I can’t remember what prompted the thought, but there it was: No-one’s written a thriller set in the London smog of 1952.  (I was wrong, of course; CJ Sansom and Boris Starling both got there before me.)  And it seemed to have such potential.  How could you have a chase when the fog’s so thick you can’t see your feet?  How could you work out who to chase if no-one was at their desks because the transport wasn’t running?  The worst ever smog in London’s history – a yellow miasma that stopped the city in its tracks.  And killed thousands…

Once I’d decided I was going where none (but Sansom and Starling!) had gone before, there was only one place to set it.  My family moved into Notting Dale – a rough area of North Kensington west of Ladbroke Grove – in 1974.  It may have been the era of Marc Bolan and glam rock, but much of the Dale felt the way it must have been over two decades before.  The rag-and-bone men who stabled their ponies in the arches under the Metropolitan Line near Latimer Road; the bombsites still waiting for developers to take a punt; the hostels for Serbian royalists and Lithuanian exiles, in grand buildings on Notting Hill; the condemned back-to-backs around Freston Road, given a stay of execution by the hippy squatters of the ‘Republic of Frestonia’; the worn-looking terraced houses with a bedsit in every room and a two-ring hob on every landing; the extraordinary social mix of Irish, gypsy, West Indian, East European and Spanish, with prosperous old widows and immigrant families cheek by jowl.  And hanging over it all the man who’d put Notting Dale on the map, who everyone in the Dale had a story about – serial killer Reg Christie.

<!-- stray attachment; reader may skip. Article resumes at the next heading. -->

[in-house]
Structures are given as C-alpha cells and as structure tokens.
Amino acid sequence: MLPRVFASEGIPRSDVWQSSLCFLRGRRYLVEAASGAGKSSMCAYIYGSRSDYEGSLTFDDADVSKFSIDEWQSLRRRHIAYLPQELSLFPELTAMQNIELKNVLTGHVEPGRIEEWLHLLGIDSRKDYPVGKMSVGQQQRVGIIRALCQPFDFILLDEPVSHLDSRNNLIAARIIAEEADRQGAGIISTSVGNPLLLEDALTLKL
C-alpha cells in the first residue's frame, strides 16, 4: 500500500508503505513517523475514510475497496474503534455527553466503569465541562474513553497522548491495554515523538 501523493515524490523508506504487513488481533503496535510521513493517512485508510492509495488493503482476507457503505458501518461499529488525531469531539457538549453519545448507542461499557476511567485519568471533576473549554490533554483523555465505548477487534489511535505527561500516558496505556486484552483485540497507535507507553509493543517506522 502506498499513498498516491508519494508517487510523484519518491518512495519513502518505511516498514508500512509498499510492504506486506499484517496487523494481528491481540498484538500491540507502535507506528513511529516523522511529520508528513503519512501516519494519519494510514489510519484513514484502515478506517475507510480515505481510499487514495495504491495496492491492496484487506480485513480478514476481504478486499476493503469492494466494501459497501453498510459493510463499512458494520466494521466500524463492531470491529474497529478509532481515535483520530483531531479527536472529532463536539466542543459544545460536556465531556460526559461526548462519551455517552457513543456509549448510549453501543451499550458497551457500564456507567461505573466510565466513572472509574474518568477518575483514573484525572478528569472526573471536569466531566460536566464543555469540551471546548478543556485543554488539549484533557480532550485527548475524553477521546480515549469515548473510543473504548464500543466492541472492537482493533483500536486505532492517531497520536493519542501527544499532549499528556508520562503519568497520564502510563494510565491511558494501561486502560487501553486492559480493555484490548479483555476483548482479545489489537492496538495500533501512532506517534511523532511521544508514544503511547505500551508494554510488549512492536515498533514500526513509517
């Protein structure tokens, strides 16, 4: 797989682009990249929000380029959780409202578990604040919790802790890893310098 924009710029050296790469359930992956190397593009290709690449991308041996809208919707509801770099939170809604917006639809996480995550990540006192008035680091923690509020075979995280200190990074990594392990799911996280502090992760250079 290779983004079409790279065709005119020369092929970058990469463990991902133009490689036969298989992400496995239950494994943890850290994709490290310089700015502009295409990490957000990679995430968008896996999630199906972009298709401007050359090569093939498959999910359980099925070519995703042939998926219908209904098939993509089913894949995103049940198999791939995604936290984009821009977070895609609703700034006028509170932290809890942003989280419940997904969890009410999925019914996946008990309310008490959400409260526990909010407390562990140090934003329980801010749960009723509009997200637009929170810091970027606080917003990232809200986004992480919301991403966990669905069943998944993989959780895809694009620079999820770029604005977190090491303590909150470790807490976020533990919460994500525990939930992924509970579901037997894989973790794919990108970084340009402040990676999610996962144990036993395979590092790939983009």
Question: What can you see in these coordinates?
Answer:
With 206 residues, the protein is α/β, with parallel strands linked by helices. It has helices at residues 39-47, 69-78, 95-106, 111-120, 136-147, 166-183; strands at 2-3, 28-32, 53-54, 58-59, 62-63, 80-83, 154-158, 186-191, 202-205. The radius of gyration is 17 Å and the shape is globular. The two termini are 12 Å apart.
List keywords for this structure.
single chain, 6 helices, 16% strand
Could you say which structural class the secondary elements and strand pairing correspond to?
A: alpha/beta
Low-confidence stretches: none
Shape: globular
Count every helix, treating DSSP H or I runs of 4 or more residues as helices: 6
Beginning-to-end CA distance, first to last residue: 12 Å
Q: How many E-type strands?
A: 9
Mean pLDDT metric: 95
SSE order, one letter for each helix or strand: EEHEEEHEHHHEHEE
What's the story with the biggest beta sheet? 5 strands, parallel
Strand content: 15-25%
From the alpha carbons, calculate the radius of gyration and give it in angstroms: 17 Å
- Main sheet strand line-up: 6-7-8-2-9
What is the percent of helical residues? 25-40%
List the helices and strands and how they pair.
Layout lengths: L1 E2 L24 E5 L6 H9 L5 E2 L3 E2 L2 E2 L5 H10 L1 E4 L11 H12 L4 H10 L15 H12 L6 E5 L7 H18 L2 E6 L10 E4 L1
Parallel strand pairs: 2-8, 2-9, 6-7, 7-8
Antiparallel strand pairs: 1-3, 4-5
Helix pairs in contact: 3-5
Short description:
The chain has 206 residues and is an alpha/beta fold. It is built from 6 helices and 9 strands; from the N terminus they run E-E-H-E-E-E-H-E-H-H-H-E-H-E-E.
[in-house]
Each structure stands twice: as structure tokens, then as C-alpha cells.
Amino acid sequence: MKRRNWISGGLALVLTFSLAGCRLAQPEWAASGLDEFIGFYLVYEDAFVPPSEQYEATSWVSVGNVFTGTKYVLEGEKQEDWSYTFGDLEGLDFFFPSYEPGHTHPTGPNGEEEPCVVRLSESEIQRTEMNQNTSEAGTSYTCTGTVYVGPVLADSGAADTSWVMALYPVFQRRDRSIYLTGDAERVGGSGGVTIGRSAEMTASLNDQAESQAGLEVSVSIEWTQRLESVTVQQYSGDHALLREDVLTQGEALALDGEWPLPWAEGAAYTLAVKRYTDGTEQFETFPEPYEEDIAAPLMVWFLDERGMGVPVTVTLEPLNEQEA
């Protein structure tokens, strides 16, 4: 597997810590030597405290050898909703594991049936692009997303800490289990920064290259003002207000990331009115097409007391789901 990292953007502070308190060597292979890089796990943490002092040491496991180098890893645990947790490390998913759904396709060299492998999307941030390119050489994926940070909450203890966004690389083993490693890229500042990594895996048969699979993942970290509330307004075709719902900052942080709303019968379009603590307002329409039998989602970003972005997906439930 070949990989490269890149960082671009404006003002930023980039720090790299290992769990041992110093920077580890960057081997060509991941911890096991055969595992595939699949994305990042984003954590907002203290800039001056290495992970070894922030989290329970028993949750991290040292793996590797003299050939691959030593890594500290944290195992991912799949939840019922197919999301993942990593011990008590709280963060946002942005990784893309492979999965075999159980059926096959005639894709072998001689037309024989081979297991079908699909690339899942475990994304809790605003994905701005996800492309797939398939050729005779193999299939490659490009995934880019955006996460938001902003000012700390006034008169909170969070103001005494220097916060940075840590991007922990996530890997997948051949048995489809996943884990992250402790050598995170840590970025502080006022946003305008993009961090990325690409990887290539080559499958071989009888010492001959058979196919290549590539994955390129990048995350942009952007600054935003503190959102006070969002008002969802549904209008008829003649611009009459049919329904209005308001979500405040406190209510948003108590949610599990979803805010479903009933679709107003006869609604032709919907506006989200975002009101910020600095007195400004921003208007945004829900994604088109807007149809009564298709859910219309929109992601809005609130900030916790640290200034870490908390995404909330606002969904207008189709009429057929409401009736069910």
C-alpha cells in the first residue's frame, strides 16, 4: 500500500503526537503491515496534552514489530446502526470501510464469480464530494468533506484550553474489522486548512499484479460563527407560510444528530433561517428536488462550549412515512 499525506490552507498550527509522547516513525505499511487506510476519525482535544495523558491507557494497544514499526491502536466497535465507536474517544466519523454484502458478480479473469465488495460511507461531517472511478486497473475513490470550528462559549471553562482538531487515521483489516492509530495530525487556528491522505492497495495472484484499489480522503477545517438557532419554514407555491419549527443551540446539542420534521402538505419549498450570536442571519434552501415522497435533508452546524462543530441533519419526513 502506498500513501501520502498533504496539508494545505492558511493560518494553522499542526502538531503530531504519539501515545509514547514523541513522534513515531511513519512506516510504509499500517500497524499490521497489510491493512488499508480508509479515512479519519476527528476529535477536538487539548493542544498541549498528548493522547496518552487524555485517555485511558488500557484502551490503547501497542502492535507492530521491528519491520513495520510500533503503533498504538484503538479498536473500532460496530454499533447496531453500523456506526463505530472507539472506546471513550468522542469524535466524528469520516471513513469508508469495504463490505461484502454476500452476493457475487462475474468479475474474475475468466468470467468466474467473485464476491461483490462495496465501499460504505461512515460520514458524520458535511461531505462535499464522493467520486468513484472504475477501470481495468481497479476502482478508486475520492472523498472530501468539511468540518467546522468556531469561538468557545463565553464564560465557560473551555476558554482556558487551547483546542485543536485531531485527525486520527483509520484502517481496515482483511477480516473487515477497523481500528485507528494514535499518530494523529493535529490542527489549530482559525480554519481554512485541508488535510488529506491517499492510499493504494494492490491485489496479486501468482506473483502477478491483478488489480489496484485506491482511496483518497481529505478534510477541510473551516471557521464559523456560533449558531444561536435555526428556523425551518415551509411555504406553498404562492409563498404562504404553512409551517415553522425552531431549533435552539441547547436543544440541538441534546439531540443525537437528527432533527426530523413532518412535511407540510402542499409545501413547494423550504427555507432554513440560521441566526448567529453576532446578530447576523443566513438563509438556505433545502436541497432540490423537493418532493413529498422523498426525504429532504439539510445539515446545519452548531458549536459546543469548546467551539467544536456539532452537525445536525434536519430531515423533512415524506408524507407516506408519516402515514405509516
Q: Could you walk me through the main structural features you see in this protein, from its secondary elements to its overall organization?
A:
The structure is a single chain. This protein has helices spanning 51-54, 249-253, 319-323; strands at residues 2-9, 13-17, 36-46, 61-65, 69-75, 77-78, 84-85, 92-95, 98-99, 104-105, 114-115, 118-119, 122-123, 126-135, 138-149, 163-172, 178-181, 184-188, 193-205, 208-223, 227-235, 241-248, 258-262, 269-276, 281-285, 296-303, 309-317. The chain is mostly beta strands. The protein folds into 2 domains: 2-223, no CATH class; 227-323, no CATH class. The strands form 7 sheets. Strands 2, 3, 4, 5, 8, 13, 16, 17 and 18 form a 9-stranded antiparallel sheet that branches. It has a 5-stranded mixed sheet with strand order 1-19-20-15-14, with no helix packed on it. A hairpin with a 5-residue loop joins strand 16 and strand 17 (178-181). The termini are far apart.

I first went looking for his street, Rillington Place, when I was about nine.  It was long gone, but our old A-Z still showed it; I remember looking at the petrol station built on the other side of St Mark’s Road, and the Sixties mews put up where the street itself used to be, and feeling ripped off.  But it was Christie who brought my nascent idea about a smog thriller full circle.  Because re-reading Ludovic Kennedy’s account of the Christie case, ’10 Rillington Place’, I registered that the murderer resigned from his last job – so clearing the decks for his last murderous spree – during the smog.  A useful coincidence.  But then I remembered a chilling scene from the film of the book; Christie, played by Richard Attenborough, approaching one of his victims with some kind of gas mask in his hand.  That, I thought to myself, is the essence of my thriller.  Because what’s the smog about?  It’s about whether you can breathe…

 

Breathe by Dominick Donald will be published by Hodder in September

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